The growing interest in script and handwriting fonts has resulted in some remarkable success stories. A few months ago we featured Font Garden’s Ellinor Maria Rapp, who in turn expressed her admiration for her Canadian colleague Ronna Penner. And Ronna’s story is quite interesting too. Her foundry, Typadelic, submitted its first fonts to MyFonts years ago. Sales remained slow for a while and she concentrated on other activities. But lately she’s come back with a vengeance, hitting the top of our charts with Sweetheart Script and Cookie Nookie. And as you will see, there’s more where that came from.
How did you become interested in lettering and fonts?
I’ve been making them all my life, really. When I was a kid I would scrawl alphabets on every scrap piece of paper I could find. I used to experiment with different type styles, from chunky lettering to pretty script faces. I’d fill page after page with alphabet scrawl until the white of the paper was obliterated.
When I was a kid in school we had penmanship classes and I took great pride in my handwriting, occasionally winning penmanship contests. Not hard to do when everyone else was outside climbing trees… I just wanted to draw letters! I still have books filled with my handwriting samples and actually used one of my early samples to create Velvet Script. In that font you can see influences of The Palmer Method as it was taught in schools in the 1960s.
I think it’s a shame that penmanship is no longer taught in schools today. Good handwriting is an art and is beautiful to look at. Compare the penmanship of days gone by with what passes for handwriting today!
When I decided to go to college for graphic design in the early ’90s, my interest in lettering and (especially) fonts came to the fore. Computers were not tools we had access to at that time so we made do with Letraset or we designed our own lettering for titles or logos. This was right up my alley and I really enjoyed it.
Once I graduated I bought my first Mac and shortly after that the internet found its way into my life. It didn’t take long for me to become a font junkie.
Which type designers inspire you?
About 10 minutes after I connected to the internet for the first time, I found Font Diner and fell in love with those fonts and with the site itself. What could be cooler than a font vending machine?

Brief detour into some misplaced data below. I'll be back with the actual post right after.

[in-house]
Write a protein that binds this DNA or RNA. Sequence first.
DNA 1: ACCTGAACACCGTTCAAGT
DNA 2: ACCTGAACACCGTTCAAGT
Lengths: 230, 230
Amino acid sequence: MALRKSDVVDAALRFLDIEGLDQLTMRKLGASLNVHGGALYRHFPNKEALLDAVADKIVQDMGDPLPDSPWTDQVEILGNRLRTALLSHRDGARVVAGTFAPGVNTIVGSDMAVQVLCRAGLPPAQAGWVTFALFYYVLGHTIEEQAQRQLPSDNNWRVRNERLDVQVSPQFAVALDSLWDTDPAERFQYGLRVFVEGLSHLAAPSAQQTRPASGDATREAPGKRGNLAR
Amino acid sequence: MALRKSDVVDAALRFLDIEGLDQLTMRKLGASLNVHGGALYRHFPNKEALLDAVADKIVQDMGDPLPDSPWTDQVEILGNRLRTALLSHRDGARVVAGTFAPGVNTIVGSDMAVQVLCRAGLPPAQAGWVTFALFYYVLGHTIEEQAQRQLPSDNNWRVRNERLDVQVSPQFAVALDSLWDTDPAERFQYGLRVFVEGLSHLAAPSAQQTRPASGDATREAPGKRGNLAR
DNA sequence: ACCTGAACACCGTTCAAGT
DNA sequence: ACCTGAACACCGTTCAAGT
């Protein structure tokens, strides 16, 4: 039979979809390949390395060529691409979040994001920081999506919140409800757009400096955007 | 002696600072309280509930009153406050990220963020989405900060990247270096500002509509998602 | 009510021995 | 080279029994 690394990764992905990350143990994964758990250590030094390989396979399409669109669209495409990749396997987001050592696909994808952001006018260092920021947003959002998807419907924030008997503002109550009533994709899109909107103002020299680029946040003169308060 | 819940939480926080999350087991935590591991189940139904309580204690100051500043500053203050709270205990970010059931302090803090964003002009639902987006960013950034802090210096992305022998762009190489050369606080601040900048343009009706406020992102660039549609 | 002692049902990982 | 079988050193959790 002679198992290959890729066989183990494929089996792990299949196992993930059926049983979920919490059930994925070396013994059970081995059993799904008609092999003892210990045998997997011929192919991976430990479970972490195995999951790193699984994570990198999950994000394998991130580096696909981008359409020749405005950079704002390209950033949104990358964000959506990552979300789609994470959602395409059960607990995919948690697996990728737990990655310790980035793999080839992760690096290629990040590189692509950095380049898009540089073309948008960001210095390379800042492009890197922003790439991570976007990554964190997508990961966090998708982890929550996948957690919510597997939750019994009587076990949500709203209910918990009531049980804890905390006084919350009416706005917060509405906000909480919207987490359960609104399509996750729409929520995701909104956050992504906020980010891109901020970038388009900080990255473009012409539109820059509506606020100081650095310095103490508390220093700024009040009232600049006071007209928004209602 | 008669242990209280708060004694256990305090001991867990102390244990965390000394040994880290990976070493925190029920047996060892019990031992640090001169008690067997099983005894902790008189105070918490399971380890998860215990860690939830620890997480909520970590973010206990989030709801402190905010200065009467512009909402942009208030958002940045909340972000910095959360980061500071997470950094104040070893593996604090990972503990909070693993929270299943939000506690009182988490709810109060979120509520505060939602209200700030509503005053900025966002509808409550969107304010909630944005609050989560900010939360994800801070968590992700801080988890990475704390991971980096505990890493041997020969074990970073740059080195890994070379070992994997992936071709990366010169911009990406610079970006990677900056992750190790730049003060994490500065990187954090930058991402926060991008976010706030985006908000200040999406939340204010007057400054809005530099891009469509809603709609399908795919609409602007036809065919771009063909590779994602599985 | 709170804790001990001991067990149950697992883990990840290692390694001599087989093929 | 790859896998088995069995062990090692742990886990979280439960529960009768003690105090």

Chank Diesel’s site was another one I visited often, and if I remember correctly, I learned how to make fonts using a tutorial that is still found on his site. Thanks Chank! From afar I thought he was a pretty cool guy and one very prolific font designer.
You were a “concept designer” in the greeting card industry. What does a concept designer do? Is lettering or type design part of the job?
My job as a concept designer was simply to develop concepts for low cost greeting cards.
Interesting lettering is definitely a part of greeting card design. It has to evoke some kind of emotion on the part of the buyer: happiness, a sense of playfulness, etc, and to ultimately communicate what the buyer wants to express. That seems like a rather big job for a typeface to accomplish, and that is where my desire to develop typefaces was born. I spent many hours searching for just the right font for the job, and – not always finding it – decided to develop my own to express exactly what I needed it to.
Sweetheart Script, Typadelic’s most popular typeface, is a charming upright script drawn with great care and sensitivity. Its lowercase letters connect impeccably, giving the typeface the gentle flow of a classic piece of hand-lettering. Romantic without being cheesy, cheerful yet restrained, Sweetheart Script is one of the most balanced connected script fonts recently published. We repeat the advice given on an earlier occasion: the caps are meant as initials with the lowercase – so don’t use in all-caps!